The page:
June 2018 – SHOUT OUT Monthly Newsletter

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Top Vulnerability, BotNet, Attack, VoIP Cost and Fraud News

Russian State-Sponsored Cyber Actors Targeting Network Infrastructure Devices »

Impact: High
Attack Type: VoIP & UC Protocols Implementation Vulnerabilities
Last Updated: 2018 April 20
US CERT Alert: TA18-106A 

VoIP Attack Classification:
VoIP Attack Impact:

Executive Summary
Early 2018 US-CERT advisory on Russian government-sponsored attacks on network infrastructure devices resurface in recent attacks in Singapore generally targeted voice-over-IP (VoIP) phones and Internet of things (IoT devices). Malicious activity began June 11 in Brazil and targeted port SIP 506 for fraud and theft of service. Given the extensive global interest in US President Trump’s meeting with Kim Jong Un, it’s not surprising that attackers would try and attack SIP-aware devices such as IoT devices inside hotels and IP cameras outside to try and get close to targets of interest.

Detailed Analysis
Cyber actors use these UDP and SIP-based weaknesses to:

  • identify vulnerable devices;
  • extract device configurations;
  • map internal network architectures;
  • harvest login credentials;
  • masquerade as privileged users;
  • modify;
  • device firmware;
  • operating systems;
  • configurations; and copy or redirect victim traffic through Russian cyber-actor-controlled infrastructure.

Mitigation Strategies based on specific implementations and vendors are detailed in the US Cert Bulletin.

There is a significant amount of publicly-available cybersecurity guidance and best practices from DHS, allied government, vendors, and the private-sector cybersecurity community on mitigation strategies for the exploitation vectors described above. Here are additional mitigations for network device manufacturers, ISPs, and owners or operators..


Common VoIP Attack Classification:

  • Abuse (e.g. Call Conferencing, Toll Fraud, Identity Theft and Traffic Pumping)
  • Robocall Attacks
  • Fuzzing Attacks (e.g. Malformed protocol messages and multiple message types)
  • Eavesdropping (e.g. Call Pattern Tracking, Number Harvesting and Voice Mail reconstruction)
  • VoIP & UC Network Interception and Modification
  • Device Configuration Weakness
  • Voice & Telephony Denial of Service (TDoS) Attacks
  • Device and OS Vulnerabilities
  • IP/TCP Network Infrastructure Weakness
  • VoIP & UC Protocols Implementation Vulnerabilities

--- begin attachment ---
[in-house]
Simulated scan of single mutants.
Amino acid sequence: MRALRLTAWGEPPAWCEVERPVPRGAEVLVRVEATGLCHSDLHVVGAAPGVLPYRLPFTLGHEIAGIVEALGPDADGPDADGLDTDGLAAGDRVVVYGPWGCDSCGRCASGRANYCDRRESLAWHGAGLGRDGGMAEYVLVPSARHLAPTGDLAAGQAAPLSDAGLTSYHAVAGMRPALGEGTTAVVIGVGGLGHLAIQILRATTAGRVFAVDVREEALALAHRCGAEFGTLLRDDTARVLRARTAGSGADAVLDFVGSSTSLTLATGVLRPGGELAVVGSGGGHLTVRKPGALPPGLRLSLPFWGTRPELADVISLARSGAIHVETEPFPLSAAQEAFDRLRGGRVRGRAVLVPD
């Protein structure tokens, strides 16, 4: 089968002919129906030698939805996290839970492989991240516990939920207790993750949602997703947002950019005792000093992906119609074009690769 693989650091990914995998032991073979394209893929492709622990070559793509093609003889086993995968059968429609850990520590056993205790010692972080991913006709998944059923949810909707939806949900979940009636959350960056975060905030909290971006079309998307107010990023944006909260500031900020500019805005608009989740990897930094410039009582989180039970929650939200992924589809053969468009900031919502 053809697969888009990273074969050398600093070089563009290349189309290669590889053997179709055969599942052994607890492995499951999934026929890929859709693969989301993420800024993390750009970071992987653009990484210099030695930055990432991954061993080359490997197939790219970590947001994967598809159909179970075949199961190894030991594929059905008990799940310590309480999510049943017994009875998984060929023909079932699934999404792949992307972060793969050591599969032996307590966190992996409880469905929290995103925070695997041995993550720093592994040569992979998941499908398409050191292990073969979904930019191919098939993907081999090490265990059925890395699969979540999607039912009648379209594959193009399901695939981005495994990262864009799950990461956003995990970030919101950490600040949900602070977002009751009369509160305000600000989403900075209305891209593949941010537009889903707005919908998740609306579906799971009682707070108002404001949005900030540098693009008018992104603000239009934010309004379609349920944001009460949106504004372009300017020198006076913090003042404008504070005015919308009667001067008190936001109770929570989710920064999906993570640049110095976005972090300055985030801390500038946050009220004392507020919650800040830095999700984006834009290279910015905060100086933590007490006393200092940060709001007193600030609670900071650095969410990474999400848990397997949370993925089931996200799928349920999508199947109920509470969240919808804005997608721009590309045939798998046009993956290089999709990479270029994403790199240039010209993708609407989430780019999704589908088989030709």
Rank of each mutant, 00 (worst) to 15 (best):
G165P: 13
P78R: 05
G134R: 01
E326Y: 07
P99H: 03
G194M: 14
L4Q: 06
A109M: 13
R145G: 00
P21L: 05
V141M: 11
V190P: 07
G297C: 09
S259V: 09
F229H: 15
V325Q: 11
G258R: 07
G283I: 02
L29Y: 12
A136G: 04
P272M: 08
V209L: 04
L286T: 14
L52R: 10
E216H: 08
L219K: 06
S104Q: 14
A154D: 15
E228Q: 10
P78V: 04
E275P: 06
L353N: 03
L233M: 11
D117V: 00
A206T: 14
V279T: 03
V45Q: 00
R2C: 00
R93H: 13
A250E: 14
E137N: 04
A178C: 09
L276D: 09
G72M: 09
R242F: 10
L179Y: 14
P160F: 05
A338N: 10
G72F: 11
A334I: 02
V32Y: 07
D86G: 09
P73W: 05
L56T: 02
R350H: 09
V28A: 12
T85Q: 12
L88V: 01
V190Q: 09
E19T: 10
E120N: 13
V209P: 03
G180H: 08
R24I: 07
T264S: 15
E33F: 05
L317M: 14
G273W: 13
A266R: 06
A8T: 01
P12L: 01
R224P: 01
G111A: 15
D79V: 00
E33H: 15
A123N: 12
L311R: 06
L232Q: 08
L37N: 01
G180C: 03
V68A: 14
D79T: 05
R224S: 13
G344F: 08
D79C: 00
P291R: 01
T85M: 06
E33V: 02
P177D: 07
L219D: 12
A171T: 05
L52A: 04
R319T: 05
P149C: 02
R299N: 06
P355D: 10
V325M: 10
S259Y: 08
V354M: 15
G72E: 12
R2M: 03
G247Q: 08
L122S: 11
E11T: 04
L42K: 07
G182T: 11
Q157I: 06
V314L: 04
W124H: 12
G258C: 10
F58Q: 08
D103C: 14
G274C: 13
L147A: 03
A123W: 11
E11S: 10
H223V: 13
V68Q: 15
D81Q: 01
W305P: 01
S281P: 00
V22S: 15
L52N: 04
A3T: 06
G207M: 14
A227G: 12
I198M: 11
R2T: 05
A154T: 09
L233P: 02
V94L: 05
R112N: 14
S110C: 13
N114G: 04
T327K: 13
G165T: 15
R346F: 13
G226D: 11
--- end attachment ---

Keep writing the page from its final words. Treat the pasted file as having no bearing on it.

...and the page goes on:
• SIP BotNet attacks
  • Signaling Manipulation Attacks
  • Fraud Attacks – Wangiri, IRSF and many others
  • Media Manipulation Attacks
  • SPAM over Internet Telephony (SPIT)
  • UC Infrastructure Threats (e.g. Voice, Media, IM, Web, UC & Collaboration)
  • UC Application Layer Threats
  • Data & Voice Threats (e.g. SQL Injection, Malware, Viruses, and Buffer Overflows)
  • Voice Phishing

Recent Costly Cyber Attacks:


UC Threats in the News:

    • Voice Fraud
      The most common – and financially painful – international fraud schemes are voice-based, generating illegal or abusive voice calls for profit and costing operators millions in revenue annually. International Revenue Share Fraud (IRSF) is one of the most widespread types, increasing six-fold since 2013, with measured losses growing from $1.8 billion to $10.76 billion. With IRSF, criminals gain access to operators’ networks and make repeated calls to premium rate numbers or international calls to destinations with high termination rates, racking up large bills for subscribers and forcing operators to pay out call termination charges, which scammers then get a share of.
    • SMS Fraud
      This type of fraud exploits the fact that text messages sent internationally can be routed across multiple different routes to their destination, each with a different cost attached to it. Hackers are using unauthorized or even illegal “grey or black routes” to deliver the messages at the lowest possible cost, depriving operators of legitimate termination revenues. They also take control of operators’ SMS Centers and send malicious traffic all over the world, soliciting consumers to make calls to premium numbers. This traffic often contains viruses or other malware that infects the recipient’s phone.
    • IPX and Signaling Fraud
      Criminals are exploiting vulnerabilities in and between today’s networks, which interface with hundreds of other networks globally, to commit IPX and signaling fraud. In SS7 signaling fraud, which spreads quickly from operator to operator, criminals exploit signaling vulnerabilities during roaming and international calls to hijack a subscriber’s phone and send spam SMS messages to their contact list. Other attacks in this category gain access to roaming subscribers’ personal data, spy on user traffic and sell sensitive data to other criminals, while still others distribute malware to roamers. For example, often a mobile virus within an app appears normal to the user but is running activity in the background, sending huge amounts of data back to its host and causing users to inadvertently incur huge bills.

      Read the full article at telecomengine.com »

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